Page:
Analysis of trade misinvoicing in Nigeria in 2014 shows that the potential loss of revenue to the government was approximately $2.2 billion for the year according to a new study by Global Financial Integrity (GFI).
The Washington based non-profit organisation that quantifies and analyses illicit financial flows says that the amount lost through misinvoicing represents four per cent of total annual government revenue as reported to the International Monetary Fund.
The estimated value gap of all imports and exports represents approximately 15 per cent of the country’s total trade according to GFI.
The report entitled Nigeria, Potential Revenue Losses Associated with Trade Misinvoicing, analyses Nigeria’s bilateral trade statistics for 2014 (the most recent year for which sufficient data are available) which are published by the United Nation’s Comtrade.
The detailed breakdown of bilateral Nigerian trade flows in Comtrade allowed GFI to work out trade value gaps that are the basis for trade misinvoicing estimates.
Import gaps represent the difference between the value of goods Nigeria reports having imported from its partner countries and the corresponding export reports by Nigeria’s trade partners.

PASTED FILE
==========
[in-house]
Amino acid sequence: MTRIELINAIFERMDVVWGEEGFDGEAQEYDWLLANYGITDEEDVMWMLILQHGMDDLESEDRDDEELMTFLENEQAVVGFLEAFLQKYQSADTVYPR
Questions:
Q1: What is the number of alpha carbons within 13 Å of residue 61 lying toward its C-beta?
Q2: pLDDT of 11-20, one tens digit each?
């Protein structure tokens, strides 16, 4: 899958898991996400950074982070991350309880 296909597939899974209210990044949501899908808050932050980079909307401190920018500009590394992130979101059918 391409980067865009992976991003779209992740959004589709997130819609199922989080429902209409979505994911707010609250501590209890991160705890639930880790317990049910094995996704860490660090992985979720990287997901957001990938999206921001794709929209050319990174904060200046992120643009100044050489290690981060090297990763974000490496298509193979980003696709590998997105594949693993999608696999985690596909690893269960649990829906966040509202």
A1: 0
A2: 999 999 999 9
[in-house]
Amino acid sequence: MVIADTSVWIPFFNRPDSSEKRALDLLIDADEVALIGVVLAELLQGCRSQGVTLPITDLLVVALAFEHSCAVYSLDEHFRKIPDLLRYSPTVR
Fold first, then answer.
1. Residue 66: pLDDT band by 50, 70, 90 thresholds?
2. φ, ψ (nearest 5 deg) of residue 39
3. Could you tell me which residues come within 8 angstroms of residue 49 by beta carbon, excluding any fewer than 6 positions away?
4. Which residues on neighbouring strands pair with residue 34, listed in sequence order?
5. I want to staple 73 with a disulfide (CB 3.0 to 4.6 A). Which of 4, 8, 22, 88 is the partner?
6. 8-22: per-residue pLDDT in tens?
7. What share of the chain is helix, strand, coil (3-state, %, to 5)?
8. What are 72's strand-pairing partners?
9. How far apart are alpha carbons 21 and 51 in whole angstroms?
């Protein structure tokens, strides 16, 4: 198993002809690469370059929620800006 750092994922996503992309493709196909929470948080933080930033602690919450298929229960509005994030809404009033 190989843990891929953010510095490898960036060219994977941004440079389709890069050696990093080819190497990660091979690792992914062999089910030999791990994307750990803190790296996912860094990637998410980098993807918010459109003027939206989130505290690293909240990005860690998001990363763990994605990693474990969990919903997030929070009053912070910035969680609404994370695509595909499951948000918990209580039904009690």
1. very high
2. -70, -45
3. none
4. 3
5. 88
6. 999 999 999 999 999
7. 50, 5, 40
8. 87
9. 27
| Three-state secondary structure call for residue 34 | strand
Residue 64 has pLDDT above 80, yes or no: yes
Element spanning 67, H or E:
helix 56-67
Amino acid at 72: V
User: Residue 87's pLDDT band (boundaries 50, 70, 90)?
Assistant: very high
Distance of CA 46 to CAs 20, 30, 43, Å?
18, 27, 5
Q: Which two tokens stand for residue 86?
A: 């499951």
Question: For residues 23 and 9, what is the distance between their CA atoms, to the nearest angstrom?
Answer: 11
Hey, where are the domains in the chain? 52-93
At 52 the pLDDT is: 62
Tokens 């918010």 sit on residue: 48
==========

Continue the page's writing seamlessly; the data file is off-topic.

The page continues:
Export gaps represent the difference in value between what Nigeria reports as having exported and what its partners report as imported.
The portion of revenue lost during the year due to the misinvoicing of exports was US$1.3 billion, the sum Nigeria would have collected via corporate income taxes had the exports been properly invoiced.
The portion of revenue lost due to the misinvoicing of imports was US$880 million.
The GFI report, Nigeria, Potential Revenue Losses Associated with Trade Misinvoicing, can be downloaded from here.
Categories: Trade Based Financial crimes News